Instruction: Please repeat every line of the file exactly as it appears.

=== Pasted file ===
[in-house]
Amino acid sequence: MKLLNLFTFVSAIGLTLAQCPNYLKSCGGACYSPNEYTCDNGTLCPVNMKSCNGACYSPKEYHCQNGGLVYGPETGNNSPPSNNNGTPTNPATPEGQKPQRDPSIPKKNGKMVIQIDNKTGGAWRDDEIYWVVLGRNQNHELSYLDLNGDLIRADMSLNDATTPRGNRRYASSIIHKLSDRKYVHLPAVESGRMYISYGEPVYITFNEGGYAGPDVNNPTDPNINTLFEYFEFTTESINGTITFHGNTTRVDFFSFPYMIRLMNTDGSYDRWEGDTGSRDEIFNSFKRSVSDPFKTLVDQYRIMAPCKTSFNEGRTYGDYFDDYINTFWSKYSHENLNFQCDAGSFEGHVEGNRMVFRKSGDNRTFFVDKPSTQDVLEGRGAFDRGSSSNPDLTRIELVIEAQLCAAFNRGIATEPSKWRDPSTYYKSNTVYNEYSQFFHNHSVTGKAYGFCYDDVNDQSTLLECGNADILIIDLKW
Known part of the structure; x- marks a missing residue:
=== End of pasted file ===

[in-house]
Amino acid sequence: MKLLNLFTFVSAIGLTLAQCPNYLKSCGGACYSPNEYTCDNGTLCPVNMKSCNGACYSPKEYHCQNGGLVYGPETGNNSPPSNNNGTPTNPATPEGQKPQRDPSIPKKNGKMVIQIDNKTGGAWRDDEIYWVVLGRNQNHELSYLDLNGDLIRADMSLNDATTPRGNRRYASSIIHKLSDRKYVHLPAVESGRMYISYGEPVYITFNEGGYAGPDVNNPTDPNINTLFEYFEFTTESINGTITFHGNTTRVDFFSFPYMIRLMNTDGSYDRWEGDTGSRDEIFNSFKRSVSDPFKTLVDQYRIMAPCKTSFNEGRTYGDYFDDYINTFWSKYSHENLNFQCDAGSFEGHVEGNRMVFRKSGDNRTFFVDKPSTQDVLEGRGAFDRGSSSNPDLTRIELVIEAQLCAAFNRGIATEPSKWRDPSTYYKSNTVYNEYSQFFHNHSVTGKAYGFCYDDVNDQSTLLECGNADILIIDLKW
Known part of the structure; x- marks a missing residue: